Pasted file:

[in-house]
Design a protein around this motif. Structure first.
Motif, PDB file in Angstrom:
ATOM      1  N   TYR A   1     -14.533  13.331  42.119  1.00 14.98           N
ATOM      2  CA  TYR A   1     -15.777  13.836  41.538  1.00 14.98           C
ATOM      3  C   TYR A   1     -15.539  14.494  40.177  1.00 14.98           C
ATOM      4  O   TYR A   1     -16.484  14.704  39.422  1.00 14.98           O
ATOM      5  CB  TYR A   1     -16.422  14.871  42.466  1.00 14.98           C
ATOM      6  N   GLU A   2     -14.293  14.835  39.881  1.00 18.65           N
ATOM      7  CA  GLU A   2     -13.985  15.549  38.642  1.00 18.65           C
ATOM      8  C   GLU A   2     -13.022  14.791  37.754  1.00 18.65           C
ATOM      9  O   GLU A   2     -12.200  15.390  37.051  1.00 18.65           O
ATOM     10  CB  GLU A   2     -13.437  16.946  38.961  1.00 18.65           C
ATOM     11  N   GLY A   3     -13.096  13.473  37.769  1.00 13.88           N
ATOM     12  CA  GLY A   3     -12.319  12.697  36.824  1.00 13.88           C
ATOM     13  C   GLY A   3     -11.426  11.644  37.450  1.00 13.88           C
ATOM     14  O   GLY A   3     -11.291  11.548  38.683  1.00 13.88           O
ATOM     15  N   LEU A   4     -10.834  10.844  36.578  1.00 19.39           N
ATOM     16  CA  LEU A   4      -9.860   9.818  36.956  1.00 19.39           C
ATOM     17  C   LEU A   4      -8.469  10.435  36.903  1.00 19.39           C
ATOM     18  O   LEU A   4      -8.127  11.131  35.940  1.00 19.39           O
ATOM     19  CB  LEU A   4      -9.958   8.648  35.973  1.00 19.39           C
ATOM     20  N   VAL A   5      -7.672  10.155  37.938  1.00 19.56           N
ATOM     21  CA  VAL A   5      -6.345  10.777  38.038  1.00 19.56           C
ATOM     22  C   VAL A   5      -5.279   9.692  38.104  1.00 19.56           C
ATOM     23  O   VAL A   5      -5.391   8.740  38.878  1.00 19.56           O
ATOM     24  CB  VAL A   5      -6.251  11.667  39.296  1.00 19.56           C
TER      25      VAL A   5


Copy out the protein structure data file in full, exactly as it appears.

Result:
[in-house]
Design a protein around this motif. Structure first.
Motif, PDB file in Angstrom:
ATOM      1  N   TYR A   1     -14.533  13.331  42.119  1.00 14.98           N
ATOM      2  CA  TYR A   1     -15.777  13.836  41.538  1.00 14.98           C
ATOM      3  C   TYR A   1     -15.539  14.494  40.177  1.00 14.98           C
ATOM      4  O   TYR A   1     -16.484  14.704  39.422  1.00 14.98           O
ATOM      5  CB  TYR A   1     -16.422  14.871  42.466  1.00 14.98           C
ATOM      6  N   GLU A   2     -14.293  14.835  39.881  1.00 18.65           N
ATOM      7  CA  GLU A   2     -13.985  15.549  38.642  1.00 18.65           C
ATOM      8  C   GLU A   2     -13.022  14.791  37.754  1.00 18.65           C
ATOM      9  O   GLU A   2     -12.200  15.390  37.051  1.00 18.65           O
ATOM     10  CB  GLU A   2     -13.437  16.946  38.961  1.00 18.65           C
ATOM     11  N   GLY A   3     -13.096  13.473  37.769  1.00 13.88           N
ATOM     12  CA  GLY A   3     -12.319  12.697  36.824  1.00 13.88           C
ATOM     13  C   GLY A   3     -11.426  11.644  37.450  1.00 13.88           C
ATOM     14  O   GLY A   3     -11.291  11.548  38.683  1.00 13.88           O
ATOM     15  N   LEU A   4     -10.834  10.844  36.578  1.00 19.39           N
ATOM     16  CA  LEU A   4      -9.860   9.818  36.956  1.00 19.39           C
ATOM     17  C   LEU A   4      -8.469  10.435  36.903  1.00 19.39           C
ATOM     18  O   LEU A   4      -8.127  11.131  35.940  1.00 19.39           O
ATOM     19  CB  LEU A   4      -9.958   8.648  35.973  1.00 19.39           C
ATOM     20  N   VAL A   5      -7.672  10.155  37.938  1.00 19.56           N
ATOM     21  CA  VAL A   5      -6.345  10.777  38.038  1.00 19.56           C
ATOM     22  C   VAL A   5      -5.279   9.692  38.104  1.00 19.56           C
ATOM     23  O   VAL A   5      -5.391   8.740  38.878  1.00 19.56           O
ATOM     24  CB  VAL A   5      -6.251  11.667  39.296  1.00 19.56           C
TER      25      VAL A   5